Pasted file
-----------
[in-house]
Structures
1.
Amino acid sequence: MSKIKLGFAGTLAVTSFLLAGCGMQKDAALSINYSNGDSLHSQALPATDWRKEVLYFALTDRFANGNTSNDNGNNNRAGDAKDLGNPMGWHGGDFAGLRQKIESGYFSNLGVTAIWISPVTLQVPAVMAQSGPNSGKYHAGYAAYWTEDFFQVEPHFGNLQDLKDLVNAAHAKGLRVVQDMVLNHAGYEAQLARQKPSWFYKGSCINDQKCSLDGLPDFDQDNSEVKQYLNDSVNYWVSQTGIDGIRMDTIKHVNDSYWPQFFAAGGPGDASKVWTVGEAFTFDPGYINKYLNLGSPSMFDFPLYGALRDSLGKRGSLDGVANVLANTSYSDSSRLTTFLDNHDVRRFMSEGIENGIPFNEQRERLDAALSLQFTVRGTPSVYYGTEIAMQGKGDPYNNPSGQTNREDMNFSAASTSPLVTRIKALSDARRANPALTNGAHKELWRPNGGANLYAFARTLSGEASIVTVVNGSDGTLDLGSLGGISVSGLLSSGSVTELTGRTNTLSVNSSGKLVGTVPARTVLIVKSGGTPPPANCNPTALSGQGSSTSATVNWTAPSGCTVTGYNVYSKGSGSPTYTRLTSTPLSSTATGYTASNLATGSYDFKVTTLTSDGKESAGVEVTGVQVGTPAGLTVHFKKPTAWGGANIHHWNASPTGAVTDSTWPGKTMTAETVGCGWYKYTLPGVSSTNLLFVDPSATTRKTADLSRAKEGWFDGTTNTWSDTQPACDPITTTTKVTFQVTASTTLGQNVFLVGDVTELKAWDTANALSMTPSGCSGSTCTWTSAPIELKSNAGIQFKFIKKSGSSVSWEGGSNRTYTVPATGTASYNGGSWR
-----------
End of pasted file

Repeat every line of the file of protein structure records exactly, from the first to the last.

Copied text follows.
[in-house]
Structures
1.
Amino acid sequence: MSKIKLGFAGTLAVTSFLLAGCGMQKDAALSINYSNGDSLHSQALPATDWRKEVLYFALTDRFANGNTSNDNGNNNRAGDAKDLGNPMGWHGGDFAGLRQKIESGYFSNLGVTAIWISPVTLQVPAVMAQSGPNSGKYHAGYAAYWTEDFFQVEPHFGNLQDLKDLVNAAHAKGLRVVQDMVLNHAGYEAQLARQKPSWFYKGSCINDQKCSLDGLPDFDQDNSEVKQYLNDSVNYWVSQTGIDGIRMDTIKHVNDSYWPQFFAAGGPGDASKVWTVGEAFTFDPGYINKYLNLGSPSMFDFPLYGALRDSLGKRGSLDGVANVLANTSYSDSSRLTTFLDNHDVRRFMSEGIENGIPFNEQRERLDAALSLQFTVRGTPSVYYGTEIAMQGKGDPYNNPSGQTNREDMNFSAASTSPLVTRIKALSDARRANPALTNGAHKELWRPNGGANLYAFARTLSGEASIVTVVNGSDGTLDLGSLGGISVSGLLSSGSVTELTGRTNTLSVNSSGKLVGTVPARTVLIVKSGGTPPPANCNPTALSGQGSSTSATVNWTAPSGCTVTGYNVYSKGSGSPTYTRLTSTPLSSTATGYTASNLATGSYDFKVTTLTSDGKESAGVEVTGVQVGTPAGLTVHFKKPTAWGGANIHHWNASPTGAVTDSTWPGKTMTAETVGCGWYKYTLPGVSSTNLLFVDPSATTRKTADLSRAKEGWFDGTTNTWSDTQPACDPITTTTKVTFQVTASTTLGQNVFLVGDVTELKAWDTANALSMTPSGCSGSTCTWTSAPIELKSNAGIQFKFIKKSGSSVSWEGGSNRTYTVPATGTASYNGGSWR